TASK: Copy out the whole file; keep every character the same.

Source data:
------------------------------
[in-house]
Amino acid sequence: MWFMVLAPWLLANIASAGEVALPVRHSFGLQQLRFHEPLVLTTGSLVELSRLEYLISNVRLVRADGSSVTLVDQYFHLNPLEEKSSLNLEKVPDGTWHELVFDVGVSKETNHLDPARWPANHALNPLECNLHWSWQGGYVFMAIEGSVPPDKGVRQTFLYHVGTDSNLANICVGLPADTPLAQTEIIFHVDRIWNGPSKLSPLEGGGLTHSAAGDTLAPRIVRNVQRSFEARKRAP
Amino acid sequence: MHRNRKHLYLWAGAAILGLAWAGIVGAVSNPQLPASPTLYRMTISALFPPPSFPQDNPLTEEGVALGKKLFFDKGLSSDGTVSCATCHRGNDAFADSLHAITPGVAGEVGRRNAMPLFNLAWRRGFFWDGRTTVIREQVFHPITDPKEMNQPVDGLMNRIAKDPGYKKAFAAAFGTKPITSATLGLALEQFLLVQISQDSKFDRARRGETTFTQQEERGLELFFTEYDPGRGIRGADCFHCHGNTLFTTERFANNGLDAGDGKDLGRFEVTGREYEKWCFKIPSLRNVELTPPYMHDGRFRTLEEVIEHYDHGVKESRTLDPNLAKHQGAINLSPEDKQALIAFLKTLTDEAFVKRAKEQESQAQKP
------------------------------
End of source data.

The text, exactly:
[in-house]
Amino acid sequence: MWFMVLAPWLLANIASAGEVALPVRHSFGLQQLRFHEPLVLTTGSLVELSRLEYLISNVRLVRADGSSVTLVDQYFHLNPLEEKSSLNLEKVPDGTWHELVFDVGVSKETNHLDPARWPANHALNPLECNLHWSWQGGYVFMAIEGSVPPDKGVRQTFLYHVGTDSNLANICVGLPADTPLAQTEIIFHVDRIWNGPSKLSPLEGGGLTHSAAGDTLAPRIVRNVQRSFEARKRAP
Amino acid sequence: MHRNRKHLYLWAGAAILGLAWAGIVGAVSNPQLPASPTLYRMTISALFPPPSFPQDNPLTEEGVALGKKLFFDKGLSSDGTVSCATCHRGNDAFADSLHAITPGVAGEVGRRNAMPLFNLAWRRGFFWDGRTTVIREQVFHPITDPKEMNQPVDGLMNRIAKDPGYKKAFAAAFGTKPITSATLGLALEQFLLVQISQDSKFDRARRGETTFTQQEERGLELFFTEYDPGRGIRGADCFHCHGNTLFTTERFANNGLDAGDGKDLGRFEVTGREYEKWCFKIPSLRNVELTPPYMHDGRFRTLEEVIEHYDHGVKESRTLDPNLAKHQGAINLSPEDKQALIAFLKTLTDEAFVKRAKEQESQAQKP